The EU Council announced on Jan. 29 the prolongation of economic sanctions against Russia, imposed due to its aggression against Ukraine, until July 31.
"These sanctions, first introduced in 2014 in response to Russia's actions destabilizing the situation in Ukraine, were significantly expanded since February 2022 in response to Russia's unprovoked, unjustified, and illegal military aggression against Ukraine," the Council's press service said.
The European bloc first adopted sanctions related to Russian aggression on July 31, 2014, after Moscow occupied Crimea and launched war in Ukraine's Donbas region. The EU has significantly scaled up its sanctions after the full-scale invasion, adopting 12 major sanctions packages since Feb. 24, 2022.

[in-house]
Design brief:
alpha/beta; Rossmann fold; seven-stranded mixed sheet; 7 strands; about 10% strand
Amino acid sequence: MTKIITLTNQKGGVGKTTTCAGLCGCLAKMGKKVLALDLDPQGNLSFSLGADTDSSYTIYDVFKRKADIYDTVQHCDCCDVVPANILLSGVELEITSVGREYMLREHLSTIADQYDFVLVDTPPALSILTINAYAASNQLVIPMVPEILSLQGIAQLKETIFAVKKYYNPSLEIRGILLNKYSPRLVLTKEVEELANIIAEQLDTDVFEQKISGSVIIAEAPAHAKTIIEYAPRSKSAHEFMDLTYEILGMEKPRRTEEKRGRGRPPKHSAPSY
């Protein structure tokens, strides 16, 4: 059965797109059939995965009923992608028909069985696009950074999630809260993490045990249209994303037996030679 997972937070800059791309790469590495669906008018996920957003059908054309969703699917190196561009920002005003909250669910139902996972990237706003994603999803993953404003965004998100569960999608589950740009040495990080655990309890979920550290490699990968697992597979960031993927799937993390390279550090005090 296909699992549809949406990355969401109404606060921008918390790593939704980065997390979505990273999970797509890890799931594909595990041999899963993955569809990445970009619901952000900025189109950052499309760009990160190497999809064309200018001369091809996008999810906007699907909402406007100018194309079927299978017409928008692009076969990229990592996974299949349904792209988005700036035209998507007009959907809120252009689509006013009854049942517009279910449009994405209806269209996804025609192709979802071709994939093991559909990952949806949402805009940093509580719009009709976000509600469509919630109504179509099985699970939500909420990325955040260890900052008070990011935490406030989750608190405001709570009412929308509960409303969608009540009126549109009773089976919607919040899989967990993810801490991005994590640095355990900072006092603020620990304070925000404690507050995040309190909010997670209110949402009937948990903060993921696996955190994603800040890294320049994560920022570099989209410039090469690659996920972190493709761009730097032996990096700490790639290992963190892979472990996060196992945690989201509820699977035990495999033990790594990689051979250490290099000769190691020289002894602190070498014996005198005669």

Sanctions against Moscow encompass a broad array of economic areas, including restrictions on trade, finance, technology and dual-use goods, industry, transport, and luxury goods.
They further include a ban on Russian seaborne crude oil and certain petroleum products, cutting off Russian banks from the SWIFT international banking system, and suspending Russian propaganda and disinformation channels within the bloc.
Brussels also sought to crack down on Russia's ability to circumvent existing sanctions via third-party countries.